jfay at microsoft.com
Thu Aug 6 08:12:44 PDT 2009
This looks very interesting. I will take a look at it. I still want to see if we can get a SAMP profile for web apps running, this might make it easier..
From: Mark Taylor [mailto:m.b.taylor at bristol.ac.uk]
Sent: Thursday, August 06, 2009 7:24 AM
To: apps-samp at ivoa.net
Subject: SAMP Bridge
As mentioned in my previous message, JSAMP 1.0 contains a new component
called the Bridge. It is documented at the following URLs on the JSAMP
as well as in the javadocs.
What this allows you to do is to connect two (or more) hubs together,
so that clients on one can talk to clients on the other, as if they
were all registered on the same local hub. The bridge is a normal
SAMP client (or rather a number of SAMP clients - it will register
multiple times with each connected hub), so it can work with any
hub implementations, not just JSAMP's.
This development was largely inspired by Ivan and Igor's entertaining
demonstration at the Strasbourg Interop which some of you might
remember, though the idea of inter-host messaging has been lurking
in the background since the early days of PLASTIC.
Use of the bridge would make the kind of collaborative working in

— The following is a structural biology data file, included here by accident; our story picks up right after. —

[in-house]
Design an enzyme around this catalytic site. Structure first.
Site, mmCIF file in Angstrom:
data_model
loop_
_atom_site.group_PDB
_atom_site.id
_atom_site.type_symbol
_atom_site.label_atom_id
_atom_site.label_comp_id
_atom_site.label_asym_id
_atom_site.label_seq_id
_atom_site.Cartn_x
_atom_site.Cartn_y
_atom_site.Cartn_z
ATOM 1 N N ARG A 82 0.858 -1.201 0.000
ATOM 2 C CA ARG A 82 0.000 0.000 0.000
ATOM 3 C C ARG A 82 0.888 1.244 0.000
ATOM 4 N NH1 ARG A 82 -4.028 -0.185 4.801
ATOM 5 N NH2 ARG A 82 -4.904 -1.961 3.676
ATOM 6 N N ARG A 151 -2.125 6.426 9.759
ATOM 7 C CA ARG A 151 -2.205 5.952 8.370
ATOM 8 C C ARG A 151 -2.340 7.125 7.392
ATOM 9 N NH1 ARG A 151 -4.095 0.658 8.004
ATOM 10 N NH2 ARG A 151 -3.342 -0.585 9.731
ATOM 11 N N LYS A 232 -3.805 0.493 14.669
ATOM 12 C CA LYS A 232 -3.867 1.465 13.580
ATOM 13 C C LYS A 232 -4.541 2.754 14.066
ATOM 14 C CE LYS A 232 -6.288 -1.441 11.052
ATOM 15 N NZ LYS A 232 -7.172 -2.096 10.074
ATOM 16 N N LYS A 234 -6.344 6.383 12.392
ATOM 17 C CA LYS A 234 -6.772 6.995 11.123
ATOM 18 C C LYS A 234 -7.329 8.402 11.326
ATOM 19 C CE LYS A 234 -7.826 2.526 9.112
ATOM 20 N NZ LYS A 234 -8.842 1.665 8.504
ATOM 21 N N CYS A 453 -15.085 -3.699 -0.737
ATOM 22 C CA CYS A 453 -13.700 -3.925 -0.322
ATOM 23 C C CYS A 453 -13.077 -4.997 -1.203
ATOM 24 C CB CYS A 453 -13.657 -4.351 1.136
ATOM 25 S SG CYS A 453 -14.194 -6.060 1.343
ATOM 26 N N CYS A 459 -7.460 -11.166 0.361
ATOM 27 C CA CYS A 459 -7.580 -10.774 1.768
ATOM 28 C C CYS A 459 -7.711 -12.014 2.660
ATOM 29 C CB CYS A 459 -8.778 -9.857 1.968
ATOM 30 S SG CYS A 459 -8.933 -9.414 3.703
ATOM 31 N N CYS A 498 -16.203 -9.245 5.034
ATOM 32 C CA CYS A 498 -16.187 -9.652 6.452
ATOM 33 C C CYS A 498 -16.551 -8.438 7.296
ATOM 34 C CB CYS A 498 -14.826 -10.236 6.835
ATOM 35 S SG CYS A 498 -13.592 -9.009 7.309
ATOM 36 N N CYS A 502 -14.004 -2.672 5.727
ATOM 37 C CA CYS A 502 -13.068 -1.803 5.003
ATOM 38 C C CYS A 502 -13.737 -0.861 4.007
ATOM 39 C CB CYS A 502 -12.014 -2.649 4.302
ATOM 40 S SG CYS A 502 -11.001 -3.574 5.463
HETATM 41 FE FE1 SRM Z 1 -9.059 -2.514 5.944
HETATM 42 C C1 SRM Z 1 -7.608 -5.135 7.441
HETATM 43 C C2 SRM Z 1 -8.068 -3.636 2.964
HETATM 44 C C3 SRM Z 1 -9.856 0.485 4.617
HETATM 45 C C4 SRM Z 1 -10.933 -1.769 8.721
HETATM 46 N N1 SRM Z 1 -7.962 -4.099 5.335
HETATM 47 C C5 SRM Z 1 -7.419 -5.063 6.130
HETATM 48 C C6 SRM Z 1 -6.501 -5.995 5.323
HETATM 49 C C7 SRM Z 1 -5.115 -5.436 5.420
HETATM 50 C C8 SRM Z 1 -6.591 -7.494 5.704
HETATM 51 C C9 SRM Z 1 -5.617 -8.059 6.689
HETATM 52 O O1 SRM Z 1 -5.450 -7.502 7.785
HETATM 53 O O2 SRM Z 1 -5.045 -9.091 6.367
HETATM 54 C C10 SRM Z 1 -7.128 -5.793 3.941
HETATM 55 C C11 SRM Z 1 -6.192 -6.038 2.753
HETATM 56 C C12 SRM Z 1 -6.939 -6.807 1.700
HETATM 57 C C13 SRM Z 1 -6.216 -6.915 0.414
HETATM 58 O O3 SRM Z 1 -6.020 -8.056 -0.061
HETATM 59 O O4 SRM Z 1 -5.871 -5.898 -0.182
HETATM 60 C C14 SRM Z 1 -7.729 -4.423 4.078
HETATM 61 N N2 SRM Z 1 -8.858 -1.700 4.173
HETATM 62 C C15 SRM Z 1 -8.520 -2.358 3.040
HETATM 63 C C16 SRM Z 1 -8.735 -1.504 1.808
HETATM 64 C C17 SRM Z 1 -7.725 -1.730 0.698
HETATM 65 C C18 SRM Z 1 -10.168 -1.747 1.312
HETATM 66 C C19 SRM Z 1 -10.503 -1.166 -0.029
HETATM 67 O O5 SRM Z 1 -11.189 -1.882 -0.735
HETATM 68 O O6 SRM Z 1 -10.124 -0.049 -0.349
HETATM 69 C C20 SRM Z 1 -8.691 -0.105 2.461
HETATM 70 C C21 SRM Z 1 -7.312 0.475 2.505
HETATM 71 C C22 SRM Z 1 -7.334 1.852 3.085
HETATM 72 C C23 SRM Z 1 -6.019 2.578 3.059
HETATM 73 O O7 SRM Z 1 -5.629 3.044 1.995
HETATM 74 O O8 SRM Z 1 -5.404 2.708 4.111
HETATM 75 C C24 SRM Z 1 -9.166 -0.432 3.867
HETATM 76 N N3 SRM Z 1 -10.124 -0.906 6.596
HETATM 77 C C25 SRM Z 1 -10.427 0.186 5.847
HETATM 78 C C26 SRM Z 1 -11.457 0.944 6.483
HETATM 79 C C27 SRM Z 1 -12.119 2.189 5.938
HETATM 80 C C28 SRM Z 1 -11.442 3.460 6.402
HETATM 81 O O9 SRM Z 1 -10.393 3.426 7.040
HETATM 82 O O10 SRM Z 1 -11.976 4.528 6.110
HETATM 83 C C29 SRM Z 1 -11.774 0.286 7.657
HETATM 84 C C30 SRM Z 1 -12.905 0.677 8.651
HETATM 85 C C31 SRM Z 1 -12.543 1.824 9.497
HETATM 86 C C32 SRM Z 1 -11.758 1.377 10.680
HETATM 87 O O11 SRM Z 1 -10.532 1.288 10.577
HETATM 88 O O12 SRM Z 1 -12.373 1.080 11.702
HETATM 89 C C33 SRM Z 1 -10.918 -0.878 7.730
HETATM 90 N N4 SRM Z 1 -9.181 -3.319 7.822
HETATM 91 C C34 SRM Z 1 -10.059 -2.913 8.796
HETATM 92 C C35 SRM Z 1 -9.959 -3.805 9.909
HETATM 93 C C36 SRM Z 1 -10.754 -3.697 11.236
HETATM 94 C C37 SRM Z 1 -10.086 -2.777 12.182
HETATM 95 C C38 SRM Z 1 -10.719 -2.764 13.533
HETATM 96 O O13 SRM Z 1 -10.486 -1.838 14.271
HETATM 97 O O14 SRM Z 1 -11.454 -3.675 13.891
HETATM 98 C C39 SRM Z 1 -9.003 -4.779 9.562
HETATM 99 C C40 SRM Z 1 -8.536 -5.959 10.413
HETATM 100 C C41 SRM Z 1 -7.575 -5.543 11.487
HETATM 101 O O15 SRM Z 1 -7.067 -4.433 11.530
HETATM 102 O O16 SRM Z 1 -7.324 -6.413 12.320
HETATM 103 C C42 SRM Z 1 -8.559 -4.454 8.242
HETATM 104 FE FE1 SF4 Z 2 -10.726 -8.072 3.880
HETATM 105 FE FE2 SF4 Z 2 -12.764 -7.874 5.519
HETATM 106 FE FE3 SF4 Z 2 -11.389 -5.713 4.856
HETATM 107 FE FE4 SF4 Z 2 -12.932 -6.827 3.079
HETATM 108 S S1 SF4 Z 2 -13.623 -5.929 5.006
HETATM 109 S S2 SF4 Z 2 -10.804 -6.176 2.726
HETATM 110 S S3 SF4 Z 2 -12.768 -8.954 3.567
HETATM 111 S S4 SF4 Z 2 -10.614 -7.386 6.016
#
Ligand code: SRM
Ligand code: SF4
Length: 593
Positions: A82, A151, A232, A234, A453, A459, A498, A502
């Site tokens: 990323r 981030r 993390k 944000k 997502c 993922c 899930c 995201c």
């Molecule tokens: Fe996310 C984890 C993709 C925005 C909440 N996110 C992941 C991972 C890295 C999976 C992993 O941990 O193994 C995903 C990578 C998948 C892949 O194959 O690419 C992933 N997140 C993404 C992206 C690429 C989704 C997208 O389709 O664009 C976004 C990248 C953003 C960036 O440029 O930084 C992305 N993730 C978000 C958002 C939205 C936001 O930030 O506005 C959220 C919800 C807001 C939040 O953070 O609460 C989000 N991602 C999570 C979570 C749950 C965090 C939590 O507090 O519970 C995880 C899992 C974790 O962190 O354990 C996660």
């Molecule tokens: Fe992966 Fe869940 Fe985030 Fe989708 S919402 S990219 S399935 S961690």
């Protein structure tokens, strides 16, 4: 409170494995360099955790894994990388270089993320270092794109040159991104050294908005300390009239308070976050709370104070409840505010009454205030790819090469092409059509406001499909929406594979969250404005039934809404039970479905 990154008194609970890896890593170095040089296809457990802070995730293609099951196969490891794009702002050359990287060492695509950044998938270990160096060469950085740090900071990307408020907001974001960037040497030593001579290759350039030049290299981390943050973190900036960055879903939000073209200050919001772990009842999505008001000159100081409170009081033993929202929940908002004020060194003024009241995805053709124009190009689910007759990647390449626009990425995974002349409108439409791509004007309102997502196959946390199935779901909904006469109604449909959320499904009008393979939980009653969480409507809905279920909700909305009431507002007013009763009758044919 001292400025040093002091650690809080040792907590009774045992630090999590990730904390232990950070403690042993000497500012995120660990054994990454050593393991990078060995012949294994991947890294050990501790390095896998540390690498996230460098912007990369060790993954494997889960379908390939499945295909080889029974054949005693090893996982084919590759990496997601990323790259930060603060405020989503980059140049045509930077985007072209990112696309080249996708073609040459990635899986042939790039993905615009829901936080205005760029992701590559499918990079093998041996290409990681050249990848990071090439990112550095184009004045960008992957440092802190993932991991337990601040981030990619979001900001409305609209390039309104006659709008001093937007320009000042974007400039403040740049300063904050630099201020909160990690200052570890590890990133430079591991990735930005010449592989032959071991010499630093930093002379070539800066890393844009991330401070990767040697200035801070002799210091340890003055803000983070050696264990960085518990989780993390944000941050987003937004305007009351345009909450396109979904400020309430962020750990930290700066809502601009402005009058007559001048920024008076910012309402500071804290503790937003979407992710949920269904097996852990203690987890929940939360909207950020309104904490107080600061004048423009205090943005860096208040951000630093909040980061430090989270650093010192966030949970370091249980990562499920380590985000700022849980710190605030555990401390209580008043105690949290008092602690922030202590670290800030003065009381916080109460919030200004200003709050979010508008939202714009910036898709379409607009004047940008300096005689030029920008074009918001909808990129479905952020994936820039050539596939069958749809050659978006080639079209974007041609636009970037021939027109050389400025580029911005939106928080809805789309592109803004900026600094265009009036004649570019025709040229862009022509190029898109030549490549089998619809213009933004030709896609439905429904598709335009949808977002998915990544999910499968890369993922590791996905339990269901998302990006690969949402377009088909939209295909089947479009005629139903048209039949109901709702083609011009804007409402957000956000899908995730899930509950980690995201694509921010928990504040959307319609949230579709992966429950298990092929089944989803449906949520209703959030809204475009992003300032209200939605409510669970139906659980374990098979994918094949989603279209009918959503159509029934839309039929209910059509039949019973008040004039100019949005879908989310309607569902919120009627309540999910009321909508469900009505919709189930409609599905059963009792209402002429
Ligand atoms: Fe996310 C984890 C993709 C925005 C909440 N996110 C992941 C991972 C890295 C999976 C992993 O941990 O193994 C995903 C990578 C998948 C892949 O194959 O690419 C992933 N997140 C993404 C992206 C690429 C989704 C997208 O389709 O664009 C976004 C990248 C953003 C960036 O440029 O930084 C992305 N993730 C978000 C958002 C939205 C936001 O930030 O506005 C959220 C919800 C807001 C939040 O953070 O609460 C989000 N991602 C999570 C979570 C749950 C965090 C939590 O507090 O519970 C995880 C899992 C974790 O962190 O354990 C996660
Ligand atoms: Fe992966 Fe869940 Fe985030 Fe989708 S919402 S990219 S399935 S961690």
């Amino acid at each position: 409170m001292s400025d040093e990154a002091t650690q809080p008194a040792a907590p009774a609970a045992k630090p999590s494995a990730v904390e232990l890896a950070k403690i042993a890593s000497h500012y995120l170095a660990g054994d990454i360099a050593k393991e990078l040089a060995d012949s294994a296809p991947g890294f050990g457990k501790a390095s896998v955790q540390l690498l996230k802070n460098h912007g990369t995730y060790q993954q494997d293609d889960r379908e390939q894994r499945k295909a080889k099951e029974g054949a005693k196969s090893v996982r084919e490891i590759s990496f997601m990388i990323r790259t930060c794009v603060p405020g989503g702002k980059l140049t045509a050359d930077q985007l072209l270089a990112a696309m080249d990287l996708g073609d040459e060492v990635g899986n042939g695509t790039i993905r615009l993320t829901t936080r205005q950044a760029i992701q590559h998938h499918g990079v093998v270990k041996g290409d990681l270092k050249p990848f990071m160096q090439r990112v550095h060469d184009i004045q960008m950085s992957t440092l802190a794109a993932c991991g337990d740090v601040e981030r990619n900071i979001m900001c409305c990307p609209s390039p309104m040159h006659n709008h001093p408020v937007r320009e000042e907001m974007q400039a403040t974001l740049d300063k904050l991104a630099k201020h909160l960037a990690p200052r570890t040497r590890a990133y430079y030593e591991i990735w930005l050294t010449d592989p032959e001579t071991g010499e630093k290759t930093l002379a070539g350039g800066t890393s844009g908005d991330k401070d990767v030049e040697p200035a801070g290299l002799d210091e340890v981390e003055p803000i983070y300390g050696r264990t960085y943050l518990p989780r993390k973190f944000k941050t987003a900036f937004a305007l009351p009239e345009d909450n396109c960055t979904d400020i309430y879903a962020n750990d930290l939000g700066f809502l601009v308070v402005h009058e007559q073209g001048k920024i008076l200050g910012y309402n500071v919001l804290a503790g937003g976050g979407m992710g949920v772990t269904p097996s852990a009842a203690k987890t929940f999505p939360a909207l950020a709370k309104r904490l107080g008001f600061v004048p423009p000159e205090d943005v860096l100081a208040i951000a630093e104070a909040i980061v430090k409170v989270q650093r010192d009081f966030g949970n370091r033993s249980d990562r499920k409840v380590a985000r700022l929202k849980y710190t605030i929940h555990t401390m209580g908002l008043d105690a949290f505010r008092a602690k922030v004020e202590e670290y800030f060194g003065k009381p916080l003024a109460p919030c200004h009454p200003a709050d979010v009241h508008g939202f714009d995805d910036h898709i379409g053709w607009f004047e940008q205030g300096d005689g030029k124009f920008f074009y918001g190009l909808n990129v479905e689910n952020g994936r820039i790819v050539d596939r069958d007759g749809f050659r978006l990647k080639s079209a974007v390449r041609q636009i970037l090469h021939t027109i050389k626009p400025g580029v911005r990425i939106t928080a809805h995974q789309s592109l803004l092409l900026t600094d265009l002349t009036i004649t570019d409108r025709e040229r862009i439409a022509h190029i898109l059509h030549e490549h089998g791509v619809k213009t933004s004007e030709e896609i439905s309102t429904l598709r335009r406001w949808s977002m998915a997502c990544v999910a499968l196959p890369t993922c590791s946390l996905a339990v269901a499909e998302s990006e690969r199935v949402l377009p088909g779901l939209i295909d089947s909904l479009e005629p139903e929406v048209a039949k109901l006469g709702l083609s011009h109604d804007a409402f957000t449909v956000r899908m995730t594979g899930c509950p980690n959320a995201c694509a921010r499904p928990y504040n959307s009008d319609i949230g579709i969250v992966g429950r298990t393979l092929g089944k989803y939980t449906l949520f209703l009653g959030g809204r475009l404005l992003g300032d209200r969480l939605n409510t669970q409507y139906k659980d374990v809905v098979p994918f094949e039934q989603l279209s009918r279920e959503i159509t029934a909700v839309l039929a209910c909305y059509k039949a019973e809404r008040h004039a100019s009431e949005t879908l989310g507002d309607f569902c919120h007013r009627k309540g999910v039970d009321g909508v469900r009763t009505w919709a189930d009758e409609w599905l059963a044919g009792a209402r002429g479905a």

that demo (clients running on different machines communicating with
each other) somewhat easier to set up, and would solve some, though
not all, of the issues that the simple approach (use one hub and
point all clients at it) encounters. It does not solve the problem
of firewalls getting in the way, though it could be a step towards
An obvious use of the bridge would be connecting two hubs on two
different hosts, used by two different people, so they can share
data and control of applications. Another possibility would be
connecting client communities which use incompatible SAMP Profiles.
You may be able to think of other similar or maybe quite different
I'm not sure yet whether this is a useful infrastructure component
or just a toy. I'm interested in other people's opinions on the topic.
Any further discussion, either privately or on list, is very welcome.
Mark Taylor Astronomical Programmer Physics, Bristol University, UK
m.b.taylor at bris.ac.uk +44-117-928-8776 http://www.star.bris.ac.uk/~mbt/
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